Parker brought the car around at seven; George was going to meet the dinner guests at the station. Sarah said incredulously, "They're coming up by train?" "Buddy Calucci broke his wrist last week and can't drive," George said, "and his wife has some kind of phobia about it. And the alien of course can't drive either." Of course. Of course not. Couldn't drive, couldn't wear pants, probably couldn't eat anything Sarah had had Cook prepare for dinner either. All the alien could do was put her poor old George's firm out of business with its strange advanced fuel products, whatever they were. Sarah stood before the fireplace and regarded her husband as he picked up his coat from a leather chair. "If it's supposed to be such a discreet meeting that you can't have it in the city, why are they taking the train? Why didn't your Mr. Calucci order a car and driver?" "I don't think it would occur to him." "This is going to be horrible, George. It really is. I'd just as soon have Parker and Cook and Cook's criminal brother-in-law. The one in Attica." George shrugged into his coat, crossed the room, and put his hands on Sarah's shoulders. "I know, darling; it's too bad. But necessary. And if they come by train, they can't stay late. The last train back is the 10:42. That's something, at least." "At least," Sarah said. But she made herself smile at George; it wasn't his fault, after all, and whining like this was really terribly unattractive. These... people were coming, and that was that. Just the same, with George's florid face inches from her own, she suddenly remembered something Louise Henderson had said to her just last week at the gallery. You know, darling, George is getting awfully fat. He should go back to tennis instead of golf. If he's not careful, he'll start to look like that man that runs the hardware store. Sarah had laughed; Louise had a wicked eye. But Sarah had been stung, too: George did look a little like the man in the hardware store. The same shape to the brow, the same chin. Friends had joked about it before. After George had left for the station, Denise brought in a tray of canapes and fresh ice. Sarah made herself a Scotch and water, drank half of it, poked at the fire, finally settled on a chair. The living room looked well by firelight, she thought. She loved this house, even if it had seemed a little empty since Emily had gone off to Rosemary Hall four years ago. Brass and mahogany gleamed in the firelight; wainscotting and molding took on subtle curves; the colors of the old Orientals glowed. In the bookcases leather bindings and Chinese vases jumbled comfortably against each other, both slightly dusty. Emily's violin leaned against one corner. Had Emily, home for the weekend, practiced today? Probably not; too busy with the horses. Sarah smiled. finished her Scotch, and considered moving a pile of old Smithsonians and Forbes off the wing chair beside the violin. She decided against it. She heard the car, and they were here. Sarah rose to meet her guests. "Hello." "My wife Sarah," George said. "Darling, Mr. Calucci, Mrs. Calucci, Mr. C'Lanth." "Call me Buddy," Calucci boomed at the same moment that his wife said, "Pleased to meet you, I'm sure. I'm Mabel." Buddy Calucci seized Sarah's hand and pumped it. He wore a coat with hugely padded shoulders and a bright yellow tie, carefully knotted, printed with daisies. Mabel Calucci wore heart-shaped glasses and a red satin dress cut so low that Sarah blinked. She avoided altogether looking at the alien. Not just yet. "Nice place you got here," Calucci boomed. "Looks real homey." His eyes, Sarah saw, missed nothing, scrutinizing the portaits as if appraising them. "My, yes", Mabel Calucci said. Her mouth pursed slightly at the magazines tossed on the wing chair. Sarah said, "Would you like a drink?" and started towards the sideboard. Calucci's words stopped her. "No, no, Mabel and I never touch the stuff. Christian Temperance. But you folks go right ahead feel free. "You don't drink?" "Lips that touch liquor shall never touch mine," Mabel said roguishly. "This must be your dog let him right into the living room, do you?" Her eyes moved to the spot by the fireplace where Brandy usually lay; Labrador hair clung to the Oriental. "We got a dog, too," Calucci said. "Doberman. Meanest guard dog you ever saw. Not that we need it now with the new security system on the country home. Del EverGuard. Seven thousand for the fencing alone." "How interesting", Sarah murmured. George threw her a warning glance. She poured herself another Scotch and water, then one for George. The alien said, "I'd like one, too, please." Sarah turned in surprise. She had assumed that an alien wouldn't drink alcohol. Not that she actually knew much about the aliens, really she hadn't kept up. The television set, a small black and white, had broken a few months ago, and with Emily only home occasional weekends Sarah hadn't yet gotten around to getting it repaired. She didn't watch TV. "Scotch and water is fine", the alien said. He had a deep, slightly hoarse voice. Sarah made herself look at him. Standing with his back to the fire, balancing with what looked like careless ease on both legs and the curving, muscular tail, he wasn't quite as bad as Sarah had expected. The aliens she had seen on the now-dead TV had worn odd-looking, shiny clothes on the top halves of their bodies, nothing below. But this one wore a soft white shirt, no tie, and a tweed jacket cut long enough to cover all but his hairy legs. His head hair, too, didn't look as strange as on the TV aliens; she supposed that a barber must have cut it. It fell thickly from a side part to just over the tops of his ears. Sarah handed him the drink. "Didn't know you folks imbibed," Calucci said to the alien. He sat on the sofa, pulling up his pant legs at the knees: preserving the crease. "Didn't see that on TV." "We just got a new set," Mabel Calucci said. "Sony. Hundred-inch screen, remotes, stereo, everything." "Have to have you all to our big Superbowl party in January," Calucci said. "C'Lanth, your folks like football?" "No," C'Lanth said. Calucci waited, but the alien said no more, sipping his drink and smiling faintly. Sarah smothered a grin. "Probably not your native pastime," Calucci said. "Stands to reason. What sports do you guys like? Earth sports, I mean. When in Rome, I always say." "I like tennis." "Tennis?" George said, looking surprised. C'Lanth smiled. "Yes. I'm afraid I've become something of a fanatic. But I'm also afraid I have an unfair advantage something about the joints of our thumbs. Do you play?" "Not as much as I used to," George said ruefully. "Mrs. Atkinson?" "Yes," Sarah said, wondering where C'Lanth had learned such good English. But didn't she remember something in the papers about the aliens being natural mimics as well as shrewd businessmen? And about their avidly studying just everything? "I play, but not very seriously, I'm afraid. I prefer sailing." "Buddy and I bowled in a league," Mabel Calucci said. Her plump rouged face clouded over. "In St. Pete I mean. Before we moved to New York. Now I don't know." "Are there bowling alleys in this cute little country town of yours, George?" Calucci asked. "I'm afraid I wouldn't know." There was a slight pause. Then Calucci and the alien spoke simultaneously: "Well, now, let's get down to business!" and "I met a friend of yours, Mrs. Atkinson, at an art gallery board meeting Tuesday. Louise Henderson." George said to Calucci. "Oh, I rather think later might be better, Buddy." Sarah said to C'Lanth, "You were at the gallery board meeting?" "Not as a member, of course. Kyle Van Dorr was just showing me around. A tourist." He smiled; Sarah would have sworn it was a self-deprecating smile. "When do we get down to business then?" Calucci said. His big body shifted restlessly. When he lowered his head like that, Sarah thought, it was the exact shape of a garden trowel. "We have to act fast on this one, George, if we're going to have any kind of alliance here. Before your pals " he nodded at C'Lanth " have their little rule-making meeting on mergers." "We believe in competition," C'Lanth said mildly. He finished his drink and held out the glass, mouthing "Please? George made him another Scotch and water. In front of the fireplace Brandy stretched, turned in a circle, and farted. Mabel Calucci looked delicately away, mouth pursed; C'Lanth smiled. Sarah found herself smiling back. What kind of nitwit acted so affected as to be offended by a dog? Denise came to the door and announced dinner. Sarah ate little. She watched. C'Lanth also ate sparingly, but he tried everything. Mabel Calucci, in the presence of food, turned garrulous; each course seemed to swell her verbally, words coming out at the same rate that calories went in. She talked about her little grandson "Cute as a button, and smart as a whip! He can already tell a Caddy from a Buick;" about the redoration of her kitchen in apple-blossom pink; about a woman on a game show who had won $l00,000, had a heart attack, and had to sell the prizes to pay her medical bills; about the street they used to live on in St. Pete when Buddy and her were first married, where people were so friendly they didn't even knock on each others' doors before visiting. Not like here, where you couldn't even see the houses from the street. Not that that was true in New York, of course, where they had their new penthouse, with the cutest terrace you ever saw twelve stories up and just filled with fresh flowers. Buddy Calucci let his wife talk, his eyes appraising the room's furniture, pictures, wallpaper, silver. George, good host that he always was, listened to Mabel Calucci, nodding and smiling. The five of them had just returned to the living room when Emily came in with her boyfriend, the Walker boy, both of them in jeans and sweaters, laughing. Emily's dark hair had escaped its barette and fallen around her face, thick and shining. She showed no reaction to finding an alien in her parents' living room beyond a friendly smile. Sarah felt her heart swell. Her daughter was beautiful, and smart, and mannerly. She was very lucky in Emily. Some of her friends' daughters had turned just impossible, but Emily was wonderful. George made the introductions. "Enjoying Princeton, Taylor?" "It's wicked, sir. Especially calculus." Taylor Walker smiled, an attractive easy flash of teeth. "No head for figures, I'm afraid. Professor Boyden is just out of control." "Hughes Boyden?" C'Lanth asked. "Yes, sir," Taylor sald. "Do you know him?" "Slightly. I did a lot of reading at Princeton when I first came here. Some of the professors were very helpful. In fact, I was up to Princeton this year for Bicker and Sign-ins." Taylor and Emily grinned at each other: some private joke. Emily said, "Totally paralytic. I didn't get to bed until 7 a.m." Mabel Calucci looked at her. Her voice went slightly shrill. "I was always glad that my daughter Tammy had the chance to attend Bob Jones University. The moral standards there are very high." Fury rose in Sarah. The sheer smug stupidity... Emily, who was Dean's List and honor committee... this horrible stupid woman... But all she said was, "Can I get anyone a drink? Taylor? Emily?" "No, thanks, we're off," Taylor said. "We'll be at the club, Mrs. Atkinson. Nice to have met you, Mr. C'Lanth." "Pleased, I'm sure" Mabel Calucci said coldly. Taylor and Emily left. "I liked the young people Hughes Boyden introduced me to at Princeton," C'Lanth said, almost musingly. "There was about them a sort of... playful ease." Calucci said brusquely, "Not supposed to be easy, is it? Toney school like that. Probably has real high admission standards. Now, George, I really think we got to get down to business. I'm sure the ladies will excuse us." Sarah looked at Mabel Calucci. She saw that the woman was staring at Brandy, now curled in the wing chair on top of the Forbes and Smithsonians, half of which had tumbled to the floor. She knew that Mabel Calucci as surreptitiously tugging at her red satin neckline, which had slipped even lower. She even knew that in a moment Mabel Calucci would say something conciliatory, bright and sweet and cheerful, from lips still pursed like lemons. "I'll come and listen," Sarah said. George looked relieved. Calucci looked annoyed. C'Lanth smiled. "Glad to have you" the alien said. *** When George came back from the short drive to the station, Sarah was already in bed. She sat up against the pillows and watched George undress. George said nothing until he had flung his coat on a chair, loosened his tie, kicked off his shoes. Finally it burst out. "That C'Lanth is a cut-throat." "Oh, I don't know, I thought he was rather amusing." "Amusing?" "I thought of seeing if he'd come down the weekend of the third, when we have the Talcotts and the Hendersons." George turned slowly towards her. "You know how John Talcott is always complaining that no one he meets can ever give him a really good tennis game. And Louise so enjoys talking to people who actually know something about art. Really, George. don't look at me like that it's not such a bizarre idea." "Sarah he's an alien. And you heard how the business talk went, the part of it you stayed for anyway where the devil did you go? Mabel Calucci complained in the car that you never came back to the living room. C'Lanth is going to ruin me if we don't get this deal moving." "Well, wouldn't a chance to get to know him better help that?" Sarah said reasonably. George went on staring at her; after a moment she looked away. He was a dear, but he got so worked up. Unnecessarily, really. After all, they had her money, which was much more than the firm brought in. And when George wrinkled his face like that, he did look like the hardware store man. "It would be more useful to get to know Buddy Calucci better," George said heavily. "He's the one holding the real clout here. Although C'Lanth might " "Oh, really, darling, do come to bed. It's late, and I don't want to argue. You haven't signed any papers yet, after all. Anything could happen." George didn't answer. He finished undressing, climbed into bed, turned out the light. Sarah waited. When a few minutes had passed, she said softly, "You might be a little nicer to me, George. I did just spend an evening for you with those two dreadful people." "I know," George said. She felt him reach for her in the darkness, and she put her head on his shoulder. "I'm sorry I didn't go back to the living room, darling. Truly I am. But her smugness. And that inane chatter. And those little frizzy dyed curls. And him that eager hard-eyed grin." "I know", George said again. "I did try." "Yes, you did." "And you'll think about having C'Lanth down on the third?" "Might be a good idea," George said sleepily. Sarah snuggled in closer against his shoulder. She was glad George thought she had tried, glad he wasn't angry. Because of course the truth was that she had been rude to those terrible Caluccis, rude with a sort of reverse-English rudeness of not having been polite enough, not having picked up the cues, not having tried at all to enter into their territory. But, really, with some people you just couldn't, and it was no good pretending. Everybody knew that, really. With some people, do what you might, the gap was just too wide.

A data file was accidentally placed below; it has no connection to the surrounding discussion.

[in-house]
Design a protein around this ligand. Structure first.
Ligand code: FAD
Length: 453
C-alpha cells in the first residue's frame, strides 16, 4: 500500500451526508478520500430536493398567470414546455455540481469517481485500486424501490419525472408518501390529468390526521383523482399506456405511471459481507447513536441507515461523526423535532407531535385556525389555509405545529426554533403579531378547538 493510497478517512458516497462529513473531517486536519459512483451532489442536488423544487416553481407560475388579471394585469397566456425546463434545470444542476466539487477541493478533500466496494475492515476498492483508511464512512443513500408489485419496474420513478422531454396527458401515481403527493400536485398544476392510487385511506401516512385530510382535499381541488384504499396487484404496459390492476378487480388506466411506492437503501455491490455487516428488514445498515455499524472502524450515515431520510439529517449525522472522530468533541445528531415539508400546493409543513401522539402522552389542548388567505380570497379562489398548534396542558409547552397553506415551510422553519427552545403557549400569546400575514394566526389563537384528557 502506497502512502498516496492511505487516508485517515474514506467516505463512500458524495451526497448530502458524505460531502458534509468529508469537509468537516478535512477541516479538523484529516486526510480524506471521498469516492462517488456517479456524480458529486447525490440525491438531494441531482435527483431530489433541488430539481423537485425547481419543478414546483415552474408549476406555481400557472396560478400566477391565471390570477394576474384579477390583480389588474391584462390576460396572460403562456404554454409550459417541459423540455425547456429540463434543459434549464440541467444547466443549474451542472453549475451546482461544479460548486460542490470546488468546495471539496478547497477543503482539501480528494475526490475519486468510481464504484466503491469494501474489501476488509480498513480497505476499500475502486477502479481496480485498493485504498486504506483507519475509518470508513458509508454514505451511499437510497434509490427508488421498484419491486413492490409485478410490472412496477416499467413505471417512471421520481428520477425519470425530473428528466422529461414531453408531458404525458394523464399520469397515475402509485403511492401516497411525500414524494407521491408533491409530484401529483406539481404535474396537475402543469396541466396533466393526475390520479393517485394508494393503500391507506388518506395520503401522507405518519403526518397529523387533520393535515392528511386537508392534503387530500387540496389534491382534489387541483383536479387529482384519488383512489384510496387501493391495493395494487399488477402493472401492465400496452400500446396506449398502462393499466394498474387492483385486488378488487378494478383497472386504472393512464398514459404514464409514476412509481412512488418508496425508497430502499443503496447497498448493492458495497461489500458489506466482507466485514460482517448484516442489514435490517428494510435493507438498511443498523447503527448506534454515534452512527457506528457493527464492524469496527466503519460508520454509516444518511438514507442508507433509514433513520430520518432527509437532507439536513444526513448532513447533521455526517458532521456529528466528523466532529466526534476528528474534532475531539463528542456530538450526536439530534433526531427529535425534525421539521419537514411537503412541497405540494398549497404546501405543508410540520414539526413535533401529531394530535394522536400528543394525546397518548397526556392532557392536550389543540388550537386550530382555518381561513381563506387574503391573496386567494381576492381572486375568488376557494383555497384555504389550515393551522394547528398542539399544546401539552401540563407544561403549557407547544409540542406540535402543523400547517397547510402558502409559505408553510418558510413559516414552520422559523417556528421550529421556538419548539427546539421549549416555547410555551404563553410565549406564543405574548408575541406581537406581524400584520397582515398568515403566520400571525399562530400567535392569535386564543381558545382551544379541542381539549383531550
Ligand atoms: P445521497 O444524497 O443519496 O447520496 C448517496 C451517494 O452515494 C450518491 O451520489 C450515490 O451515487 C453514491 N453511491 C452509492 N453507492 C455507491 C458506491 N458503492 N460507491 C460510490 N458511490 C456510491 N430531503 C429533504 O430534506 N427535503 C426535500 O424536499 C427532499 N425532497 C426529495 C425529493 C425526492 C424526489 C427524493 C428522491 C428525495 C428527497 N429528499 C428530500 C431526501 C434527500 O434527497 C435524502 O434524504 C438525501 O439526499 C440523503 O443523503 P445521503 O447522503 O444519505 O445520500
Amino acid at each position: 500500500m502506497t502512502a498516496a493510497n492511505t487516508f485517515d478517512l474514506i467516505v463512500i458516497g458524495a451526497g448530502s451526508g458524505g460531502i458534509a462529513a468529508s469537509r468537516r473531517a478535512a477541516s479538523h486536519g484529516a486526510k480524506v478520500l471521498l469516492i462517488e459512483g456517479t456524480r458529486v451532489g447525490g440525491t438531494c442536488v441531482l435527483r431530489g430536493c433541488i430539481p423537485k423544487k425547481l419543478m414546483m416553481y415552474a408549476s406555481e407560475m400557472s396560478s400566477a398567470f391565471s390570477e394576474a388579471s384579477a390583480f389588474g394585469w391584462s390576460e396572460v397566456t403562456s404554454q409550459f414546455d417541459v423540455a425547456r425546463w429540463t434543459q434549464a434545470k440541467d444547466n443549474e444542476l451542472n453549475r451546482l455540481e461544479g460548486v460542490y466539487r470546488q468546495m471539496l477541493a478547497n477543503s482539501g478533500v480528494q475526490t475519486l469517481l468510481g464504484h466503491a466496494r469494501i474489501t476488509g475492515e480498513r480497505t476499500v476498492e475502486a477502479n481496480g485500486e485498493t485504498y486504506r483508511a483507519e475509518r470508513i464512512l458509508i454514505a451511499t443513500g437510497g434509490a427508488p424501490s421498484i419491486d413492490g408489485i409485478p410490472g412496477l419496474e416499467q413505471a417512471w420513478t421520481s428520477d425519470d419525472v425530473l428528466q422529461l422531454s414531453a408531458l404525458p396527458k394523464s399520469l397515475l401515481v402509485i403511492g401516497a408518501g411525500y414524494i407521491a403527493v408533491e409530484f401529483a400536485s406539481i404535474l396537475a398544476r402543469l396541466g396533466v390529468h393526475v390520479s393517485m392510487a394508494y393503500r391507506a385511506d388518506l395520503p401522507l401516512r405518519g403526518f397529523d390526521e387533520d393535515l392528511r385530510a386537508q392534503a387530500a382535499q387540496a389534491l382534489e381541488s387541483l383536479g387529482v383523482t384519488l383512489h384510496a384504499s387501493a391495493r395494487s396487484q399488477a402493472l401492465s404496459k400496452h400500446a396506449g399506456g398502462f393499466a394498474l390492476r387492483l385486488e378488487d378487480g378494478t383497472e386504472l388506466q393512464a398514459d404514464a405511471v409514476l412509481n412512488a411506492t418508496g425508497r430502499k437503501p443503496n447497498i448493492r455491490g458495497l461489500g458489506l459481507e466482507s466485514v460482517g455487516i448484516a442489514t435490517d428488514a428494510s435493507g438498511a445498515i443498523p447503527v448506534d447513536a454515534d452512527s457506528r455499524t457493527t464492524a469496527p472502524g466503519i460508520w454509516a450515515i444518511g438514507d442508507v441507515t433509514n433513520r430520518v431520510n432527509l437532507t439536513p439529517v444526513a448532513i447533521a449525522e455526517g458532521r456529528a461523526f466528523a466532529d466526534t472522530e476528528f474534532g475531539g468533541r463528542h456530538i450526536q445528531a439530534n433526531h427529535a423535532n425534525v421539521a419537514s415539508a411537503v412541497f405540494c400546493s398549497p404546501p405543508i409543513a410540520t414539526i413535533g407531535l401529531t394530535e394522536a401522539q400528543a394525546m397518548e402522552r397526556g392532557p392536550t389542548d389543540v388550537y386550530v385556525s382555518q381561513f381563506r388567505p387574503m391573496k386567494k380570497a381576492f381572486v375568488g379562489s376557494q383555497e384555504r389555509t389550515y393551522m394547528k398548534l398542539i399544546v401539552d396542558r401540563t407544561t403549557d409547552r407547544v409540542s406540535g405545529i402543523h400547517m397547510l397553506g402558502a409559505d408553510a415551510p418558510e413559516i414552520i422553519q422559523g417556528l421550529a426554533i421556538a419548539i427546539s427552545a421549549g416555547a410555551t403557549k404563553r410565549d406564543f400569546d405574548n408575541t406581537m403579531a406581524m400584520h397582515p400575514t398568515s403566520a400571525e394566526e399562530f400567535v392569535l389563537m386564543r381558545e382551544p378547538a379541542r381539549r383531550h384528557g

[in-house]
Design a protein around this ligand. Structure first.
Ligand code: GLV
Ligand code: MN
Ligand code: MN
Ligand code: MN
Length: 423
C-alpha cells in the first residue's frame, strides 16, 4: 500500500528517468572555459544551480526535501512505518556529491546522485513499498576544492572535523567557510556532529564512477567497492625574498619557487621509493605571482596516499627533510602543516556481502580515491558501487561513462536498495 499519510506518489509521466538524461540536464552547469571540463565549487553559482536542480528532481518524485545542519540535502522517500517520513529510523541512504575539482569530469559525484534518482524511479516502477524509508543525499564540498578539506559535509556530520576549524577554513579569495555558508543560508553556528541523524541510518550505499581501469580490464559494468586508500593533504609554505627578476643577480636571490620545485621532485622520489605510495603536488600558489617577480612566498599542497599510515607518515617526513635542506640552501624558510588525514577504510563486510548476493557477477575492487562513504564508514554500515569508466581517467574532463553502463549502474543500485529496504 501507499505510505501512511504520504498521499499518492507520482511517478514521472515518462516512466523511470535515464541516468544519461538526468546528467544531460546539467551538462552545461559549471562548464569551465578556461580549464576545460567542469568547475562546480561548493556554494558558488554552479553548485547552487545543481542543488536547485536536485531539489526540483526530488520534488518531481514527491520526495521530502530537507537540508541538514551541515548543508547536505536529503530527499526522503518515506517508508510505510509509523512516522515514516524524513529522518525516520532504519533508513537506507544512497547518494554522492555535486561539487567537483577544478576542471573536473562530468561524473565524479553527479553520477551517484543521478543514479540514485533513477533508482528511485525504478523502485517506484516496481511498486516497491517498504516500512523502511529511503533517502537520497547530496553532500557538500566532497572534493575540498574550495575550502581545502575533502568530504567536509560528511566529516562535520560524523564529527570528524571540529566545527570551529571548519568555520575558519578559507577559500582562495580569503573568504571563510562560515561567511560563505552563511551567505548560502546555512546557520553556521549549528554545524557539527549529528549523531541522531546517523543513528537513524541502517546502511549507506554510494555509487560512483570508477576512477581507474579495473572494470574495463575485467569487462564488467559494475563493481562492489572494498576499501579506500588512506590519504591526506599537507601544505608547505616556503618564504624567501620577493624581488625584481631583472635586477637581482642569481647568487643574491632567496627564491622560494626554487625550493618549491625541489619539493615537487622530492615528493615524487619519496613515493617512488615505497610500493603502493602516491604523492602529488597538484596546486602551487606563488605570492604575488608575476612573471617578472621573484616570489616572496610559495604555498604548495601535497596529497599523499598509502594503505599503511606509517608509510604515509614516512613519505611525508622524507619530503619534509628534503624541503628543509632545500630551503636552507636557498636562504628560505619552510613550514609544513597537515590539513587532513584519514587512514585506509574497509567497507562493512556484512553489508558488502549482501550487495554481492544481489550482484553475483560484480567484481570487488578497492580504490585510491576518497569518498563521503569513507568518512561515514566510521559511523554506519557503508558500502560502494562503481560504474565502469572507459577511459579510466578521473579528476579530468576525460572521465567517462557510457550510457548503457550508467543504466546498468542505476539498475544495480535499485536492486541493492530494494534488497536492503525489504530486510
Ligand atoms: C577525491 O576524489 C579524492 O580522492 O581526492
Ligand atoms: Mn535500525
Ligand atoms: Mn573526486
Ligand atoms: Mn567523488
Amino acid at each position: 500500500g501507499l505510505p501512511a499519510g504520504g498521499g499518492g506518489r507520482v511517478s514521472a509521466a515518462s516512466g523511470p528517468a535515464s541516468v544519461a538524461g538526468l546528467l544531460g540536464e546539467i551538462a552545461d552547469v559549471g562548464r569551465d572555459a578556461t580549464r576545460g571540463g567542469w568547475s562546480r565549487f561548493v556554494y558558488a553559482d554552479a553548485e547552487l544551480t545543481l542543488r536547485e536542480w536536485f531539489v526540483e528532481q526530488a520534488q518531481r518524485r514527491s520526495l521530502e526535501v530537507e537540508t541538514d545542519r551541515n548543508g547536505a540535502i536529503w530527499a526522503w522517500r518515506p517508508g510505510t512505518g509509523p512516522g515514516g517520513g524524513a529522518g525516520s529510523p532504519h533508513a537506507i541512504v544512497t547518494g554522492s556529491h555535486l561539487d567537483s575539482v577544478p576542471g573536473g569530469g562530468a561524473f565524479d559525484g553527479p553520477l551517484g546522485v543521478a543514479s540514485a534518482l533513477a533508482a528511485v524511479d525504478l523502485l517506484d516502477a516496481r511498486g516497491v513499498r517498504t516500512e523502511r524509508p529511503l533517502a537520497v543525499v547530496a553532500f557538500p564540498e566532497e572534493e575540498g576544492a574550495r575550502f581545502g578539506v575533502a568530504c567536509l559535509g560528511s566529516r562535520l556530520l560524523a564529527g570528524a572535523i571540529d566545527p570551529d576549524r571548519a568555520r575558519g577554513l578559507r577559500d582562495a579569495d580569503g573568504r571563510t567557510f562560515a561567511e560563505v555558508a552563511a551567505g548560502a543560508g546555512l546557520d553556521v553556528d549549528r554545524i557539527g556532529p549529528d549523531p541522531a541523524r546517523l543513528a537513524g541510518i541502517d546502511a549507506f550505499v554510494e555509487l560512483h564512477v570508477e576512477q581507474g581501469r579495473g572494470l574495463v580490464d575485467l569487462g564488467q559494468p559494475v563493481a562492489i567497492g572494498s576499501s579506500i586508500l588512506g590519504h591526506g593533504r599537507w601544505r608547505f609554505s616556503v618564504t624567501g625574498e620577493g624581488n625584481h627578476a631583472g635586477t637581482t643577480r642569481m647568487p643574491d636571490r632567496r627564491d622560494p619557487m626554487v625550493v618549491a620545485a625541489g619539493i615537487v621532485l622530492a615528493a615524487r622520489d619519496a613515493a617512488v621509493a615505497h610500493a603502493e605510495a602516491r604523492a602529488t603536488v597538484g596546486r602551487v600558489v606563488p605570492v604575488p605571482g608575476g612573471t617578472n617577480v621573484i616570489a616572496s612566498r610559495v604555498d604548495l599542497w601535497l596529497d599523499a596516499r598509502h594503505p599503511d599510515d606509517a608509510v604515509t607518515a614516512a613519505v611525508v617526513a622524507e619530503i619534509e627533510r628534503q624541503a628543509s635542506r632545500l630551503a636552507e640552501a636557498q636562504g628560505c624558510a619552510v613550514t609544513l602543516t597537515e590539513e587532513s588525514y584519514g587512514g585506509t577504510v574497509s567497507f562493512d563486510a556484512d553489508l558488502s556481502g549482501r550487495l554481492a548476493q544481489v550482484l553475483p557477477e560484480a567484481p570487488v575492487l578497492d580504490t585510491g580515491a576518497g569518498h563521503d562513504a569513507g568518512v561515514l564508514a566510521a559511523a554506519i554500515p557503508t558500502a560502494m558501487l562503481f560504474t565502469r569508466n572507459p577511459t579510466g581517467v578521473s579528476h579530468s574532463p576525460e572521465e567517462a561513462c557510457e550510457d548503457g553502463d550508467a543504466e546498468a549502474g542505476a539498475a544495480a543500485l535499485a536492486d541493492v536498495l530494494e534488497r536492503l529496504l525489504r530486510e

15. "Bibliographie De Kress Nancy"